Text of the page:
Stephanie Carter l Palladium - Apr 15 2024
Meet the Women Changing the Face of South Asia’s Energy Sector

Sharmin visiting a local solar farm in Bangladesh with other SAR-100 engineers.

It’s the eve of International Women’s Day, and I’m on a bus moving slowly through Wang Noi Power Plant, south of Bangkok. Sharmin Aktar is peering out the bus window beside me, pointing to industrial concrete blocks and impossibly complex pipes, her face lit up.

“See that over there? It’s the cooling tower,” she explains. “It plays a very important role in a combine cycle plant. And those over there are the transmission lines. That’s where the power goes through the sub-stations, off into people’s homes.”

An Executive Engineer with the Electricity Generation Company of Bangladesh Limited, Sharmin knows her stuff. For the past six months, she’s been the only woman working on site in a combine cycle power plant back home in Dhaka, where she does daily rounds and quality checks. This doesn’t surprise me – the share of women employed in technical roles in South Asia’s power sector ranges from 1% in the Maldives to 16.5% in Bhutan. Few women join engineering education programs, and fewer again find jobs.

“My power plant at home is a bit smaller than this one, but I still think it’s beautiful,” she says with a wide smile.

‘Beautiful’ isn’t a word I’d normally use to describe a power plant, but if you’re talking about electrification for thousands of families and businesses, I can see how the shoe fits. Sharmin certainly seems to think so.

Our visit to Wang Noi is part of the final capstone week of the WePOWER SAR-100 training program, delivered by the Asian Institute of Technology (AIT). For the past 8 months, 101 talented and tenacious women engineers – Sharmin included – from Bangladesh, Bhutan, India, Maldives, Nepal, Pakistan, and Sri Lanka, have participated in a series of online modules and research projects, collaborating on some of the region’s most pressing energy issues. Now here in Bangkok, the women are in person for the final leg of their SAR-100 journey: a busy week of learning, innovation, and networking.

The course and its final capstone week have been made possible through the AU$32 million South Asia Regional Infrastructure Connectivity (SARIC) Program, which is funded by the Australian Government and implemented by Palladium alongside the World Bank and the International Finance Corporation.

As expected, the capstone week agenda is nothing short of inspiring. In addition to Wang Noi, the group visit Energy Absolute and Amita Technologies, gaining firsthand insights into lithium battery manufacturing and storage, and electric vehicle production. For those engineers working in a similar field back home, the site visit experience is invaluable. The icing on the cake is a visit to the United Nations Economic and Social Commission for Asia and the Pacific mission in Bangkok, to participate in the Southeast Asia Green Energy Co-operation & Exchange Forum, a first for all.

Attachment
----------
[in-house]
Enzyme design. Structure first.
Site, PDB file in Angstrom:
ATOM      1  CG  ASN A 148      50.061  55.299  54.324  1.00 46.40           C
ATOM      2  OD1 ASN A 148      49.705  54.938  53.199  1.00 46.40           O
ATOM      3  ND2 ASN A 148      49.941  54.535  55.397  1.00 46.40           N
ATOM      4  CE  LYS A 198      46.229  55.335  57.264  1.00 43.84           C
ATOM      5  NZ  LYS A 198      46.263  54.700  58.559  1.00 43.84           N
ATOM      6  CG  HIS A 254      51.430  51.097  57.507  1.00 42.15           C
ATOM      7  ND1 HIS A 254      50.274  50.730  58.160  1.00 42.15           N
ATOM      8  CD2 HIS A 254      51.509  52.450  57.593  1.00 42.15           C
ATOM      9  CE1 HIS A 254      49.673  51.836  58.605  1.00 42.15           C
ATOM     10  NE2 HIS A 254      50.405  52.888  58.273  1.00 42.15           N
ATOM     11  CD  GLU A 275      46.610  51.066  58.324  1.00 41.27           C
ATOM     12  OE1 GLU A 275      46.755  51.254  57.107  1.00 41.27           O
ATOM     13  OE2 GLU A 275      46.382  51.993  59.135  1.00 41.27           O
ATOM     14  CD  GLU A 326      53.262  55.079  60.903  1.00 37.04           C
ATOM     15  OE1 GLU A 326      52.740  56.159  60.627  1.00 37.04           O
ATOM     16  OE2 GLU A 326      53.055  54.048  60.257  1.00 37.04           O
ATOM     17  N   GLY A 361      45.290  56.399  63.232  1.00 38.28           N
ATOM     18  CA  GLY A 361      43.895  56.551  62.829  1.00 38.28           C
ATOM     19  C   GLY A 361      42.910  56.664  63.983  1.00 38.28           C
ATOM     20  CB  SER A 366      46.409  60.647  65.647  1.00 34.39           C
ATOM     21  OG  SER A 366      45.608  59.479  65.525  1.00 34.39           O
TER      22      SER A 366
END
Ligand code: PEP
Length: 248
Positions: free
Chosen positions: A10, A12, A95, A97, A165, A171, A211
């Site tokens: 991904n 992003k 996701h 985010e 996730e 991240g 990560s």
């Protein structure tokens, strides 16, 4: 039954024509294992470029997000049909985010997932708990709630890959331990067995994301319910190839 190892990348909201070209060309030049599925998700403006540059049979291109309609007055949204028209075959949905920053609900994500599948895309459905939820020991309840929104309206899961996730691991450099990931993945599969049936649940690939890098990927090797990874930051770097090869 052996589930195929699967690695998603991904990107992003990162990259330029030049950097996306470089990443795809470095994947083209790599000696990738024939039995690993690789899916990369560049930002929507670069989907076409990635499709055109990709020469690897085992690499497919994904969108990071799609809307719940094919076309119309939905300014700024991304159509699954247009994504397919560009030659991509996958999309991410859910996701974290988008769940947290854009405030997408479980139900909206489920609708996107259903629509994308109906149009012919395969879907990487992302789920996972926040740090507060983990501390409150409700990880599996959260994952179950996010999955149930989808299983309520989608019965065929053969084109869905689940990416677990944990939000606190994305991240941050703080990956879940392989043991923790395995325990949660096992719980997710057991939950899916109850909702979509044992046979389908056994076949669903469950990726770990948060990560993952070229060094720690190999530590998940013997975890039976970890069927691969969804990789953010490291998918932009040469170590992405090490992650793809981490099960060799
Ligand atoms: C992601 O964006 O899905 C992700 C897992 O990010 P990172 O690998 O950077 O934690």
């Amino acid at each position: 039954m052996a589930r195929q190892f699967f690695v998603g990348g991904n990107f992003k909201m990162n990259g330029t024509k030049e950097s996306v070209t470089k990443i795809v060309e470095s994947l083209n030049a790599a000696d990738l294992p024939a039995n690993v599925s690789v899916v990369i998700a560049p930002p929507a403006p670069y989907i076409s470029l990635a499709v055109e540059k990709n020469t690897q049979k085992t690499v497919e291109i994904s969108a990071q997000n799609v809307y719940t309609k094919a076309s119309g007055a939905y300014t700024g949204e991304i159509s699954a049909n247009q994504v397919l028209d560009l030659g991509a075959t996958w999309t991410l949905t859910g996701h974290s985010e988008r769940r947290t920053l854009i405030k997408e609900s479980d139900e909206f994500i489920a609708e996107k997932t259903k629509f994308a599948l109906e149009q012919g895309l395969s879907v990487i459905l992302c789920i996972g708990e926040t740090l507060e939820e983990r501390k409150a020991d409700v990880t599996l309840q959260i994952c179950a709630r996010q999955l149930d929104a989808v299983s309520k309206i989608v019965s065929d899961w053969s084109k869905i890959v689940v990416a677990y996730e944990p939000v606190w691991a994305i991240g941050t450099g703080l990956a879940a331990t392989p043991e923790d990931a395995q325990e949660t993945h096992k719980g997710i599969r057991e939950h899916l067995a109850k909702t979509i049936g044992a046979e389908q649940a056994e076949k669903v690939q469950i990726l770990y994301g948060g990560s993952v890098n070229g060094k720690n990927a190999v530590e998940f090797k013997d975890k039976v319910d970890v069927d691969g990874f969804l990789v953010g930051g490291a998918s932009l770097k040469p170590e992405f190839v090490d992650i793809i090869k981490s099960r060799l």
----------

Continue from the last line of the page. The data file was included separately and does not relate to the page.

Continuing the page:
Then there’s the final capstone research projects, the culmination of 8 months of hard work and collaboration. We listen in as the participants explore everything from renewable energy financing, and smart grid technologies, to leadership and gender equality in the energy industry.

“The course has been great,” says Sharmin. “I’ve learnt many new things which will help me in my job, and I’ve made some friends in other South Asian countries. I feel more confident, and more motivated.”

The opportunity to connect – including at a mid-week speed networking event hosted by SARIC - also brings to the surface common challenges and shared experiences.

Most women have spent the past 8 months juggling study with full time work, household responsibilities, and childcare, and the daily balancing act is front of mind.

“I’m fortunate to have a supportive manager, it makes all the difference. My family is also very supportive. In fact, it was my uncle who suggested I study electrical engineering in the first place. I’m lucky to have them behind me,” says Sharmin.

She’s not the only one. Most of her SAR-100 peers credit strong family (or partner) support for their ability to accelerate in an otherwise male dominated industry. Without this, Sharmin explains, the number of women engineers won’t go up.

“I believe the industry needs gender equality – both men and women - with a diversity of opinion and thought. Mentorship is also important. I’d love to mentor more women engineers and graduates coming through. Women need to know what’s possible.”

We close out the week on a high, celebrating not just International Women’s Day, but the SAR-100 graduation ceremony.

The graduates proudly receive their completion certificates, and we hear more incredible stories of talent and resilience – women engineers installing solar panels in remote areas near Mt Everest base camp and fixing complex electrical transmission lines in Sri Lanka’s bustling capital, Colombo.

This year’s International Women’s Day campaign theme asked us to ‘Inspire Inclusion’, and as we watch the women swapping numbers and promising to stay in touch, there’s no denying that the impact of SAR-100 runs deeper than any single academic module. When it comes to inspiring inclusion and connectivity in South Asia’s infrastructure sector, human connectivity can make all the difference.

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